- The Washington Times - Thursday, December 30, 2004

BANDA ACEH, Indonesia — Cargo planes touched down with aid yesterday, bearing everything from lentils to water purifiers to help survivors facing the threat of epidemic after this week’s quake-tsunami catastrophe.

The first Indonesian military teams reached the devastated west coast of Sumatra island, finding thousands of bodies and increasing the death toll across 12 nations to about 77,000.

The International Red Cross warned that the toll could surpass 100,000.

The race was on to try to prevent an outbreak of diseases and to curb food shortages among millions of people left homeless — crises the U.N. health agency said could kill as many as the waves and quake.

Sri Lanka said it was getting its first reports of measles and diarrhea. Paramedics in southern India began vaccinating 65,000 survivors against cholera, typhoid, hepatitis A and dysentery, and authorities sprayed bleaching powder on beaches where bodies have been recovered.

“Even those people who [didn’t lose homes] can’t get food. Nothing is available,” said the Rev. Raja Perera of St. Mary’s Roman Catholic Church in Sri Lanka’s second largest city, the hard-hit southern resort of Galle, where refugees from ravaged homes crowded into churches, Buddhist temples and mosques.

Mud and seawater covered town after town along Indonesia’s Sumatran coast and homes were flattened or torn apart, an Associated Press reporter saw on a helicopter overflight with the military commander of the island’s Aceh province. The only signs of life were a handful of villagers scavenging for food on the beach.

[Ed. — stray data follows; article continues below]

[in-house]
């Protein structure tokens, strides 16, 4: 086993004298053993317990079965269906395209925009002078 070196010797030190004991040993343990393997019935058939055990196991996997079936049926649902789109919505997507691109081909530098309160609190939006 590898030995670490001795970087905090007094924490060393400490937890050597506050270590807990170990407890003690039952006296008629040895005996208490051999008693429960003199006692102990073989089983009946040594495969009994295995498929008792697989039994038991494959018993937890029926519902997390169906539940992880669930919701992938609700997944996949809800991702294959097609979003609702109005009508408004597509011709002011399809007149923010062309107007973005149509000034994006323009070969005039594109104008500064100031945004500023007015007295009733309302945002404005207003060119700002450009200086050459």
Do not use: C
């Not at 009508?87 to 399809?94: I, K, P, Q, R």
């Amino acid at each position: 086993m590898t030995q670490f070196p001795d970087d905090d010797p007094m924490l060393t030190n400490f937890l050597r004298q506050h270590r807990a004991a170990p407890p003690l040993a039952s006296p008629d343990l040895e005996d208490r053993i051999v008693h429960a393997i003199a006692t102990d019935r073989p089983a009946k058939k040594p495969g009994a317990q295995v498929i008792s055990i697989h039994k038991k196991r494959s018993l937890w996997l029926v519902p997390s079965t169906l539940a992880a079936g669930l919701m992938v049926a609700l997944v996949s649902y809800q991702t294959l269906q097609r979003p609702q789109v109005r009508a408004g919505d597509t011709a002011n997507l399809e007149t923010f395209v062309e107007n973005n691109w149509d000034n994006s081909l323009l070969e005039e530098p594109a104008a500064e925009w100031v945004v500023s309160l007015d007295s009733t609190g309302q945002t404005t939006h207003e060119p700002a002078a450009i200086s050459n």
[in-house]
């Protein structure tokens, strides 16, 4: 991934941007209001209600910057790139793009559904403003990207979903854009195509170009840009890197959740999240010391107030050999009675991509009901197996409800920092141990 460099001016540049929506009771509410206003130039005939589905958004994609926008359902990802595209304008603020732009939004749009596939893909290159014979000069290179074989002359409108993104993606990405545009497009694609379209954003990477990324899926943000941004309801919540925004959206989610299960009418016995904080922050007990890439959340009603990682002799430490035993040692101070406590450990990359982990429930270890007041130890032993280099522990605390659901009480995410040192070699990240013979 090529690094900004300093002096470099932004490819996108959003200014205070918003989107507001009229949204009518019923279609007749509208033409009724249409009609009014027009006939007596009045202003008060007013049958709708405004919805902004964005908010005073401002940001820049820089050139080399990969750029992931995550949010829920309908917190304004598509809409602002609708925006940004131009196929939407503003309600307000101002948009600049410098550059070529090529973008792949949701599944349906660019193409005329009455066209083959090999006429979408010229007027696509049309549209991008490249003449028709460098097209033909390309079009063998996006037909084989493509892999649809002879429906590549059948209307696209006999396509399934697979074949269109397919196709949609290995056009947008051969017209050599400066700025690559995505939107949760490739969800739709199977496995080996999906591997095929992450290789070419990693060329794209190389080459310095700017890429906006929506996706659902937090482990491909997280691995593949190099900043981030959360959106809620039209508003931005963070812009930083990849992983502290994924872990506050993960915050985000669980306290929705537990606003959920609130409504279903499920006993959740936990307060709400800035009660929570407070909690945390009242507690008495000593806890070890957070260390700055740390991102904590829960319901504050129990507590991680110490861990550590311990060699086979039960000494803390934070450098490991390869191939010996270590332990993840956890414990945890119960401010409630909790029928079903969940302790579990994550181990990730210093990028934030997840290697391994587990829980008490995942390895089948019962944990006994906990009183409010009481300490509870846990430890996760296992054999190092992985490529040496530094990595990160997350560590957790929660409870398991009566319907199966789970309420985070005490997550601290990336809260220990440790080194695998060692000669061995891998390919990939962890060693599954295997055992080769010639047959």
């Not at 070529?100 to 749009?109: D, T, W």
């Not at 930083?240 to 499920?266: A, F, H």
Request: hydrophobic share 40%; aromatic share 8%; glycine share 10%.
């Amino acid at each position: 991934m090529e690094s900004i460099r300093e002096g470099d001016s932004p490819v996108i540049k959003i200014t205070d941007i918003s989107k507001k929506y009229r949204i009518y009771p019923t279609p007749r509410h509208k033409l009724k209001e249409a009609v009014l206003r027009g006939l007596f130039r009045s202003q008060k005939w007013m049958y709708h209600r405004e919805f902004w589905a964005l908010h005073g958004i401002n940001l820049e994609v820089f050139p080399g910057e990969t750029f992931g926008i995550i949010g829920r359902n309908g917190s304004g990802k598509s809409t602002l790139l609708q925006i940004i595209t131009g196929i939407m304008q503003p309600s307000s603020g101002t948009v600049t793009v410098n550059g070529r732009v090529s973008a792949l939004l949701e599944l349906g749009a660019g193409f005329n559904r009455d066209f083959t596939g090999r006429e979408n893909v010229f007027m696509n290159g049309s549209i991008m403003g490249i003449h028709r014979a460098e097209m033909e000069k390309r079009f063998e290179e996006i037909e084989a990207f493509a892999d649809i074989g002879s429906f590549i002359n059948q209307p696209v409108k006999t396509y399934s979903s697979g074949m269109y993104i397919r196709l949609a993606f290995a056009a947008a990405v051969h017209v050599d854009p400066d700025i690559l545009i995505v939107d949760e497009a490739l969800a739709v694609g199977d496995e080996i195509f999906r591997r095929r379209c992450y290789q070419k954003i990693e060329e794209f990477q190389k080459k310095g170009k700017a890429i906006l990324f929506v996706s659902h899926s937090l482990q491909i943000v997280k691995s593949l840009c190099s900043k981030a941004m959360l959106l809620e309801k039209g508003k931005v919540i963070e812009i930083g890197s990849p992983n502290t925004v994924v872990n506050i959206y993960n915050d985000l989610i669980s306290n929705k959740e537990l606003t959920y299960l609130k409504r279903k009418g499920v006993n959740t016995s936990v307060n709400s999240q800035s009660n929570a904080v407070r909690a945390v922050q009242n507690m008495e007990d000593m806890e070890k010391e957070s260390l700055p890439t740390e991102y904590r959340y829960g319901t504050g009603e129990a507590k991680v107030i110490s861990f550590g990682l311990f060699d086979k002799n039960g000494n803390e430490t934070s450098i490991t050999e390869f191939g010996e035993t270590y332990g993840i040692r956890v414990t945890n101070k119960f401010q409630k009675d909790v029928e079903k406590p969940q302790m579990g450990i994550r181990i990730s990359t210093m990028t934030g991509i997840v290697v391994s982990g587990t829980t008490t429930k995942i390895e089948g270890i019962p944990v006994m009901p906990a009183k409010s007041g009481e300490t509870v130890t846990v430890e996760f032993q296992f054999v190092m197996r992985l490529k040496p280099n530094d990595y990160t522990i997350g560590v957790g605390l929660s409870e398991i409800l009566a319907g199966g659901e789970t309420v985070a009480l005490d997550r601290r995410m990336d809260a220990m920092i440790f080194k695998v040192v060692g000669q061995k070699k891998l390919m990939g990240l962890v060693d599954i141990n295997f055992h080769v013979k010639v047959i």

“We’re facing a disaster of unprecedented proportion in nature,” said Simon Missiri, head of the Red Cross’ Asia-Pacific division. “We’re talking about a staggering death toll.”

On hundreds of Web sites, the messages were brief but poignant: “Missing: Christina Blomee in Khao Lak,” or simply, “Where are you?”

All conveyed the aching desperation of people from around the world whose friends and family went off in search of holiday-season sun and sand and haven’t been heard from in four days.

But even as hope for the missing dwindled, survivors continued to turn up yesterday.

In Sri Lanka, where more than 22,000 died, a lone fisherman named Sini Mohammed Sarfudeen was rescued by an air force helicopter crew after clinging to his wave-tossed boat for three days.

Indian air force planes evacuated thousands of survivors from the remote island of Car Nicobar. Some of them had walked for days from their destroyed villages to reach a damaged but functioning airfield, where they were shuttled out 80 to 90 at a time.

Reporters and photographers were not allowed to leave the base to verify reports that about 8,000 people were dead there, but at the base alone, 67 officers and their families were missing and feared dead.

India’s death toll rose to nearly 7,000, while Indonesia’s stood at 45,268, but authorities said this did not include a full count from Sumatra’s western coast, where more than 10,000 deaths were suspected in one town alone.

On the streets of Banda Aceh, the main town of Sumatra’s Aceh province, the military managed to drop supplies from vehicles and fights broke out over packs of instant noodles.